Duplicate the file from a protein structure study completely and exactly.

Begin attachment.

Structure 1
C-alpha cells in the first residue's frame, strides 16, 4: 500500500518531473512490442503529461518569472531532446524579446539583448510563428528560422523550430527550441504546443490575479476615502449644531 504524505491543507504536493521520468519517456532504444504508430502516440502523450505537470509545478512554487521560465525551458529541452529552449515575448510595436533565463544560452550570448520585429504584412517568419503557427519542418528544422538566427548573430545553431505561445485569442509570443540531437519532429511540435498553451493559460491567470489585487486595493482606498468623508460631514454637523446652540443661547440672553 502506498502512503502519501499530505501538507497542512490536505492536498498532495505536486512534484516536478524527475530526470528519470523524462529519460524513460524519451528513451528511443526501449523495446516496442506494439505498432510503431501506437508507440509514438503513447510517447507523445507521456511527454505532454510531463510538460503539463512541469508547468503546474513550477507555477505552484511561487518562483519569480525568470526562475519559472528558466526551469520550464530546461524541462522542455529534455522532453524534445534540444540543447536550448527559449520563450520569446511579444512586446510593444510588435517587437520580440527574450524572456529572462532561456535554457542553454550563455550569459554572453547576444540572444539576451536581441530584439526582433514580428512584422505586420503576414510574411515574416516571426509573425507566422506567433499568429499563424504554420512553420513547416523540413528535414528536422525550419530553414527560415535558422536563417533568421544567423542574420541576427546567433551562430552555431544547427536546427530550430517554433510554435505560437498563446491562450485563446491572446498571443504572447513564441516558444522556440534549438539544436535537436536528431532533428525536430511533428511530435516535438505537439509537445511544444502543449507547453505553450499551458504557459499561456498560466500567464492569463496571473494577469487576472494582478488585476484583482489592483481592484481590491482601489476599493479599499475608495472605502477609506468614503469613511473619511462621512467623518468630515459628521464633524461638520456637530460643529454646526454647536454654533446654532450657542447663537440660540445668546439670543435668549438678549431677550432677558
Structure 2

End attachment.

Structure 1
C-alpha cells in the first residue's frame, strides 16, 4: 500500500518531473512490442503529461518569472531532446524579446539583448510563428528560422523550430527550441504546443490575479476615502449644531 504524505491543507504536493521520468519517456532504444504508430502516440502523450505537470509545478512554487521560465525551458529541452529552449515575448510595436533565463544560452550570448520585429504584412517568419503557427519542418528544422538566427548573430545553431505561445485569442509570443540531437519532429511540435498553451493559460491567470489585487486595493482606498468623508460631514454637523446652540443661547440672553 502506498502512503502519501499530505501538507497542512490536505492536498498532495505536486512534484516536478524527475530526470528519470523524462529519460524513460524519451528513451528511443526501449523495446516496442506494439505498432510503431501506437508507440509514438503513447510517447507523445507521456511527454505532454510531463510538460503539463512541469508547468503546474513550477507555477505552484511561487518562483519569480525568470526562475519559472528558466526551469520550464530546461524541462522542455529534455522532453524534445534540444540543447536550448527559449520563450520569446511579444512586446510593444510588435517587437520580440527574450524572456529572462532561456535554457542553454550563455550569459554572453547576444540572444539576451536581441530584439526582433514580428512584422505586420503576414510574411515574416516571426509573425507566422506567433499568429499563424504554420512553420513547416523540413528535414528536422525550419530553414527560415535558422536563417533568421544567423542574420541576427546567433551562430552555431544547427536546427530550430517554433510554435505560437498563446491562450485563446491572446498571443504572447513564441516558444522556440534549438539544436535537436536528431532533428525536430511533428511530435516535438505537439509537445511544444502543449507547453505553450499551458504557459499561456498560466500567464492569463496571473494577469487576472494582478488585476484583482489592483481592484481590491482601489476599493479599499475608495472605502477609506468614503469613511473619511462621512467623518468630515459628521464633524461638520456637530460643529454646526454647536454654533446654532450657542447663537440660540445668546439670543435668549438678549431677550432677558
Structure 2